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Page last updated at 21:43 GMT, Friday, 13 June 2008 22:43 UK

Images shown at US Briton's trial

Neil Entwistle, his wife Rachel and daughter Lillian Rose
The defence team says Mr Entwistle loved his wife and daughter

The jury trying a British man accused of the double murder of his American wife and baby has been shown detailed photographs of their bodies.

Neil Entwistle, 29, from Worksop, Nottinghamshire, denies murdering his wife, Rachel, 27, and nine-month-old daughter, Lillian, in January 2006.

The jury also saw an image of a blood-stained pillow case said to exhibit "high-velocity impact spatter".

Neither Mr Entwistle nor those in the public gallery were shown the images.

Blood-stained pyjamas

Forensic scientist Deanna Dygan told the jury the murder weapon, a .22 revolver, was shot from close range.

She said vaporous lead, which only settles up to 18ins (45cm) away from the gun's muzzle, was found on the pillow beneath the two victims' heads.

Ms Dygan was shown the blood-stained pyjamas which the baby was wearing when her body was found, but these were not shown to the jurors or the public gallery.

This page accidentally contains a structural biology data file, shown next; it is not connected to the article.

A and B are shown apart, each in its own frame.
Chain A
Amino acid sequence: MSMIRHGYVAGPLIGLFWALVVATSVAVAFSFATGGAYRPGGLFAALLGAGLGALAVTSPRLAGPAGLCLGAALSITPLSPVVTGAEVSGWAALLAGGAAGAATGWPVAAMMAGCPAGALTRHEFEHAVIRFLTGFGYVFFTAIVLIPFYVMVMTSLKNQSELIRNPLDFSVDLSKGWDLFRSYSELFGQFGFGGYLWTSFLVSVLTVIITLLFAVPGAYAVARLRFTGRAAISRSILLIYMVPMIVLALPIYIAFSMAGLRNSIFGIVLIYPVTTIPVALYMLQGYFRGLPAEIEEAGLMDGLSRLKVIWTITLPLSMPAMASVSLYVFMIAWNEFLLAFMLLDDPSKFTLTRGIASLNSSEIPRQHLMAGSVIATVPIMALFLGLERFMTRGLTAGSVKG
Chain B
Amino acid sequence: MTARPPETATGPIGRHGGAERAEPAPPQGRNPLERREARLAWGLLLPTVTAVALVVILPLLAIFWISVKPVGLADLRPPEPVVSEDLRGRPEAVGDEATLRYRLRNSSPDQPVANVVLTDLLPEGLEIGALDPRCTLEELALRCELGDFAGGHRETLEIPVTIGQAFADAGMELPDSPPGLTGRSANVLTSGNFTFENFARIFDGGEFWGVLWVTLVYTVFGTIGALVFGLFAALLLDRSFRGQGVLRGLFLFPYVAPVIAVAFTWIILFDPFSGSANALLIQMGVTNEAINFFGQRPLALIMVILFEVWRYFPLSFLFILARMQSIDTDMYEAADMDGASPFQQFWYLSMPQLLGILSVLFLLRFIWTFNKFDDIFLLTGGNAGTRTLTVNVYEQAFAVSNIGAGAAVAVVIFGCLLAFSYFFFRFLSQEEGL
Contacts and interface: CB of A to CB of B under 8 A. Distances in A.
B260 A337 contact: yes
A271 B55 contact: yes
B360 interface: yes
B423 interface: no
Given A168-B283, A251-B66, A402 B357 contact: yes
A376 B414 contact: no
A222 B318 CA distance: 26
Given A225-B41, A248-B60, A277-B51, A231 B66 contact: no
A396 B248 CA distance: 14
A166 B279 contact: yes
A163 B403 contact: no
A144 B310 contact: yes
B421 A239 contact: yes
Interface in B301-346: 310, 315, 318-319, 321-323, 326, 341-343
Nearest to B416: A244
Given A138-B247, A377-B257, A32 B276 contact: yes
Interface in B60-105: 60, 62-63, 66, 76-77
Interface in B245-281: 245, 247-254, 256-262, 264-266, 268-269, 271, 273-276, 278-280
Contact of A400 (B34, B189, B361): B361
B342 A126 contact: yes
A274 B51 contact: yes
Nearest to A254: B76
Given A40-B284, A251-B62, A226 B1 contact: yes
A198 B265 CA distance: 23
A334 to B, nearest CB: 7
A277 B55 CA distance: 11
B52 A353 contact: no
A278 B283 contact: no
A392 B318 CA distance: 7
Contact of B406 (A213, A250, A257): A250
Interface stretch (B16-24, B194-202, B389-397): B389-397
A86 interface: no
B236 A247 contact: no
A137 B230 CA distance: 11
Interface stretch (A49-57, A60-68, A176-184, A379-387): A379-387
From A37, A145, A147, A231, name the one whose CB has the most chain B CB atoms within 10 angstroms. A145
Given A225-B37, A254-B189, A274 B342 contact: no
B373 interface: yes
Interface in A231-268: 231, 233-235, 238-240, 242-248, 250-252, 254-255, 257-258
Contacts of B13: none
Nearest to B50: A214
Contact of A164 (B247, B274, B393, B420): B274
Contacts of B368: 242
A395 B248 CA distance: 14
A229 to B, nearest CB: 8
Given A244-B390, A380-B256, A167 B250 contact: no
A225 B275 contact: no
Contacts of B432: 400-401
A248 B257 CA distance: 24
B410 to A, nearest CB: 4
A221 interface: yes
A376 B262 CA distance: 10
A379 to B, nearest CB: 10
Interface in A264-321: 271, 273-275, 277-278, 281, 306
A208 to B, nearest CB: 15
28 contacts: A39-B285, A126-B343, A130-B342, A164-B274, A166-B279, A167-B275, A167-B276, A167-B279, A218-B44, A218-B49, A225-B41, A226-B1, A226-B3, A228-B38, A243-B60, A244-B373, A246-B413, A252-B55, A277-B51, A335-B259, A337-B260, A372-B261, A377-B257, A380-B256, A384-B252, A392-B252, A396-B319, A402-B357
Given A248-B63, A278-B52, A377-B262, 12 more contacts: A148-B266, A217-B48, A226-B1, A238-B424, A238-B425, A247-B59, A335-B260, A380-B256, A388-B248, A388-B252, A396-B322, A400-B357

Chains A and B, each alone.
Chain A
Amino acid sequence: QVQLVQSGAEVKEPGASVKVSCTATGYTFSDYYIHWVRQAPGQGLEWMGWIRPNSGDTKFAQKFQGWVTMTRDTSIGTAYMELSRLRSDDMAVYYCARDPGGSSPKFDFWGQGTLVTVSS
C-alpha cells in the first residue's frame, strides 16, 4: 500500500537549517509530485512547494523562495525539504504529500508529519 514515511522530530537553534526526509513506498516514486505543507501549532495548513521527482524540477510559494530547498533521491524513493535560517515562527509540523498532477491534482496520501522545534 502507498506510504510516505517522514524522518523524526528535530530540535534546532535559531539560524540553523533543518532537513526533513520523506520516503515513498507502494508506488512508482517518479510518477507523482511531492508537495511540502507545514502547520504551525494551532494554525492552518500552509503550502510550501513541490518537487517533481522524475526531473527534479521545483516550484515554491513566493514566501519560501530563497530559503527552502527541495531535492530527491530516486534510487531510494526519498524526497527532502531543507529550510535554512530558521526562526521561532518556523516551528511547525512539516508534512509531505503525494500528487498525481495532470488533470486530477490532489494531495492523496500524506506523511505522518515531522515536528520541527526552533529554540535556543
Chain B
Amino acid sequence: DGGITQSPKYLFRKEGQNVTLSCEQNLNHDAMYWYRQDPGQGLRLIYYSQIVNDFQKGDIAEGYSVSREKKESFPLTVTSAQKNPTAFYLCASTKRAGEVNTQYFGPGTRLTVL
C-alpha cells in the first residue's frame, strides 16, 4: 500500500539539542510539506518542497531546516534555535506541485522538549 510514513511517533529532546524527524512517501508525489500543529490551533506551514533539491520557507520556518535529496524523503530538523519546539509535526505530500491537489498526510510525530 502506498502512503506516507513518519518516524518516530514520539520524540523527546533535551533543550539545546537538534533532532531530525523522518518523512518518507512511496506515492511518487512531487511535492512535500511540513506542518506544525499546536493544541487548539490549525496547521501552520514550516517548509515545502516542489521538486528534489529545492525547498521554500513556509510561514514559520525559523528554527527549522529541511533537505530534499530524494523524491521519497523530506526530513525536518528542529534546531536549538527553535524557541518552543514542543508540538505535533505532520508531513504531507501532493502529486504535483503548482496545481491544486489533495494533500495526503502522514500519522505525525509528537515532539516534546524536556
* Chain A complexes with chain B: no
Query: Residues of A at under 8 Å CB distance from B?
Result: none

Mr Entwistle's DNA was on the grip of the handgun used to kill his family and on an ammunition container and a gun lock, the court heard.

But the court was also told that John Soares, a Massachusetts State Police forensic biologist, did not find any blood in the car Mr Entwistle drove to Boston's Logan International Airport, where he took a one-way flight to the UK after the murders.

Secret life

The jury has heard the post-mortem examination found Mrs Entwistle was shot in the forehead at close range and baby Lillian was killed with a bullet that passed through her abdomen and lodged above her mother's left breast as she cradled her.

The jury of eight men and eight women showed little emotion as they were shown the detailed pictures.

But on Thursday Mr Entwistle broke down in tears as the jury was shown video footage of the bodies of his wife and baby.

Mr Entwistle was arrested at Royal Oak Underground station in west London in February 2006 and taken back to the US.

Prosecutors have told the jury he had a secret life - he had been thousands of pounds in debt, had visited websites offering casual sex, and searched online for ways to kill people and take his own life.

The former IT worker faces life in prison without the possibility of parole if he is convicted of the double murder.

The trial continues.




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